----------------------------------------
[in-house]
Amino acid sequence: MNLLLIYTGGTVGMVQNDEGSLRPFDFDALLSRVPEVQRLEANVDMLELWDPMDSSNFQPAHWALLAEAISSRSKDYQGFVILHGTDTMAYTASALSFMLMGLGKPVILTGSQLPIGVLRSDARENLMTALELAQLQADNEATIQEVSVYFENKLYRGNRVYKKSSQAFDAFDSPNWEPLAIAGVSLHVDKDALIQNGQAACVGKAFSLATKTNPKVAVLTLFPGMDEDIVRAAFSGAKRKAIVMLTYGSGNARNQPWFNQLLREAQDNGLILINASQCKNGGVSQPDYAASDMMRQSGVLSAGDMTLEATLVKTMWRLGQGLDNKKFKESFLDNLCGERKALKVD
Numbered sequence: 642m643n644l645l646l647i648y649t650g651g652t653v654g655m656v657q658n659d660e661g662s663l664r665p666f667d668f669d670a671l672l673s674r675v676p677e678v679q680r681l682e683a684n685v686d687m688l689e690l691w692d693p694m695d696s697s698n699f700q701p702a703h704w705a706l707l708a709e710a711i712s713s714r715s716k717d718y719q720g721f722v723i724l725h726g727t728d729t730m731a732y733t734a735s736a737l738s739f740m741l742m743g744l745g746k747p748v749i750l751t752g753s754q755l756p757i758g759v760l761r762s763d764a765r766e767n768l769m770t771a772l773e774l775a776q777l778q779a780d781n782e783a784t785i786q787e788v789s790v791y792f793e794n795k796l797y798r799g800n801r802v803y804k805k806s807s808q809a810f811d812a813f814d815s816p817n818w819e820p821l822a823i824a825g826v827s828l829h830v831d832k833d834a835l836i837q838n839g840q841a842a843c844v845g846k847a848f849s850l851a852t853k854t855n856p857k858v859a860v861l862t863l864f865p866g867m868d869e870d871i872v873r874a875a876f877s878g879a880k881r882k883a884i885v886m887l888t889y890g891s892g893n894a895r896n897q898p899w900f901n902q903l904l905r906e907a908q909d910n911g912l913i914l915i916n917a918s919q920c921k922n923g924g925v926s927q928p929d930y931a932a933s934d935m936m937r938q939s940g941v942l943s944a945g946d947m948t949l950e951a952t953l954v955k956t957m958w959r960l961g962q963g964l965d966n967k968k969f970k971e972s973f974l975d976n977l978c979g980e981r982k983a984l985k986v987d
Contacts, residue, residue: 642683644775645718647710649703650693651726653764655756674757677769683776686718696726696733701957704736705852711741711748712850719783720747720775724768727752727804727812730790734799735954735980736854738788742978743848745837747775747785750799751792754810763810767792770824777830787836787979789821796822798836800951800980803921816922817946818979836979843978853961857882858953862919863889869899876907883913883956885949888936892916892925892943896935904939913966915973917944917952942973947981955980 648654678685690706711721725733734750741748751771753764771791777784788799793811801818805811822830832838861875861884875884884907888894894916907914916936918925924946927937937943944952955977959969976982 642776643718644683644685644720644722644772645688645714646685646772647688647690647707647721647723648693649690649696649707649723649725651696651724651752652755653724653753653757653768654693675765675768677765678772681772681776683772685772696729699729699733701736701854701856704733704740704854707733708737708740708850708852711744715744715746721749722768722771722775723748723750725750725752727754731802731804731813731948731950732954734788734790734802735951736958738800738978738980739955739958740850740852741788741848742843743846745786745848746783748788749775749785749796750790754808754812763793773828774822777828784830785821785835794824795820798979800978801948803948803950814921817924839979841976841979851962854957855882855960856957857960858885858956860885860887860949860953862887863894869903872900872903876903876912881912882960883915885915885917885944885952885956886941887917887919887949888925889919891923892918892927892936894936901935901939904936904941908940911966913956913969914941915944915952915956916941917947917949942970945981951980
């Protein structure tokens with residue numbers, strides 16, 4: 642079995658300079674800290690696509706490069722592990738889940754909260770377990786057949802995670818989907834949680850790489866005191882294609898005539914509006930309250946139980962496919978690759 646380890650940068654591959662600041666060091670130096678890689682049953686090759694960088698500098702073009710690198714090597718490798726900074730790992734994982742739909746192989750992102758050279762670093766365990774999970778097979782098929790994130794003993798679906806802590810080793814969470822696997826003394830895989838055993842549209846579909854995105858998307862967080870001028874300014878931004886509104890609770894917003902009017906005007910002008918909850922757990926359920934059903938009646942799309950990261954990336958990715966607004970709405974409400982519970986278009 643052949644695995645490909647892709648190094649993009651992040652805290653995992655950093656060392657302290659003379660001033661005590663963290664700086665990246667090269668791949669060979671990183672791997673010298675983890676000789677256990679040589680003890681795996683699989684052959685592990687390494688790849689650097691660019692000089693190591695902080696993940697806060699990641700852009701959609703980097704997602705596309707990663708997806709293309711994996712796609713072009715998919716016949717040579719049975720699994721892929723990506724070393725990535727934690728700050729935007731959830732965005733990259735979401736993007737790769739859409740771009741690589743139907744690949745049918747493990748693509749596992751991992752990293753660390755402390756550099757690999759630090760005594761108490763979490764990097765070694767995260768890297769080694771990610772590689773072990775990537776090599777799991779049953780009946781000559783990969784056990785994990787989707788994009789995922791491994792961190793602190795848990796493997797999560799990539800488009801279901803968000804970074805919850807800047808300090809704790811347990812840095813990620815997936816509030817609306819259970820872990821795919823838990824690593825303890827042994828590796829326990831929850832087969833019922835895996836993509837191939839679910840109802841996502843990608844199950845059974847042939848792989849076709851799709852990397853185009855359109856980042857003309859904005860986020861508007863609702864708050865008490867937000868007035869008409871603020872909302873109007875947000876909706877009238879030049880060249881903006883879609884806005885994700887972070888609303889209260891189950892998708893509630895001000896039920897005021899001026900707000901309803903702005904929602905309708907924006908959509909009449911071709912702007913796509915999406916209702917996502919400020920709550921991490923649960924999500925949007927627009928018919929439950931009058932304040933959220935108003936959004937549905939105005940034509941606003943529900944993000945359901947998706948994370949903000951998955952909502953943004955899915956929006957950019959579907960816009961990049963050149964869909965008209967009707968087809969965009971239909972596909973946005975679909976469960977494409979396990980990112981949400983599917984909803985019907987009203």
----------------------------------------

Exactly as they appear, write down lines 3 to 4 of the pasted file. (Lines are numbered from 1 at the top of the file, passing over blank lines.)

Numbered sequence: 642m643n644l645l646l647i648y649t650g651g652t653v654g655m656v657q658n659d660e661g662s663l664r665p666f667d668f669d670a671l672l673s674r675v676p677e678v679q680r681l682e683a684n685v686d687m688l689e690l691w692d693p694m695d696s697s698n699f700q701p702a703h704w705a706l707l708a709e710a711i712s713s714r715s716k717d718y719q720g721f722v723i724l725h726g727t728d729t730m731a732y733t734a735s736a737l738s739f740m741l742m743g744l745g746k747p748v749i750l751t752g753s754q755l756p757i758g759v760l761r762s763d764a765r766e767n768l769m770t771a772l773e774l775a776q777l778q779a780d781n782e783a784t785i786q787e788v789s790v791y792f793e794n795k796l797y798r799g800n801r802v803y804k805k806s807s808q809a810f811d812a813f814d815s816p817n818w819e820p821l822a823i824a825g826v827s828l829h830v831d832k833d834a835l836i837q838n839g840q841a842a843c844v845g846k847a848f849s850l851a852t853k854t855n856p857k858v859a860v861l862t863l864f865p866g867m868d869e870d871i872v873r874a875a876f877s878g879a880k881r882k883a884i885v886m887l888t889y890g891s892g893n894a895r896n897q898p899w900f901n902q903l904l905r906e907a908q909d910n911g912l913i914l915i916n917a918s919q920c921k922n923g924g925v926s927q928p929d930y931a932a933s934d935m936m937r938q939s940g941v942l943s944a945g946d947m948t949l950e951a952t953l954v955k956t957m958w959r960l961g962q963g964l965d966n967k968k969f970k971e972s973f974l975d976n977l978c979g980e981r982k983a984l985k986v987d
Contacts, residue, residue: 642683644775645718647710649703650693651726653764655756674757677769683776686718696726696733701957704736705852711741711748712850719783720747720775724768727752727804727812730790734799735954735980736854738788742978743848745837747775747785750799751792754810763810767792770824777830787836787979789821796822798836800951800980803921816922817946818979836979843978853961857882858953862919863889869899876907883913883956885949888936892916892925892943896935904939913966915973917944917952942973947981955980 648654678685690706711721725733734750741748751771753764771791777784788799793811801818805811822830832838861875861884875884884907888894894916907914916936918925924946927937937943944952955977959969976982 642776643718644683644685644720644722644772645688645714646685646772647688647690647707647721647723648693649690649696649707649723649725651696651724651752652755653724653753653757653768654693675765675768677765678772681772681776683772685772696729699729699733701736701854701856704733704740704854707733708737708740708850708852711744715744715746721749722768722771722775723748723750725750725752727754731802731804731813731948731950732954734788734790734802735951736958738800738978738980739955739958740850740852741788741848742843743846745786745848746783748788749775749785749796750790754808754812763793773828774822777828784830785821785835794824795820798979800978801948803948803950814921817924839979841976841979851962854957855882855960856957857960858885858956860885860887860949860953862887863894869903872900872903876903876912881912882960883915885915885917885944885952885956886941887917887919887949888925889919891923892918892927892936894936901935901939904936904941908940911966913956913969914941915944915952915956916941917947917949942970945981951980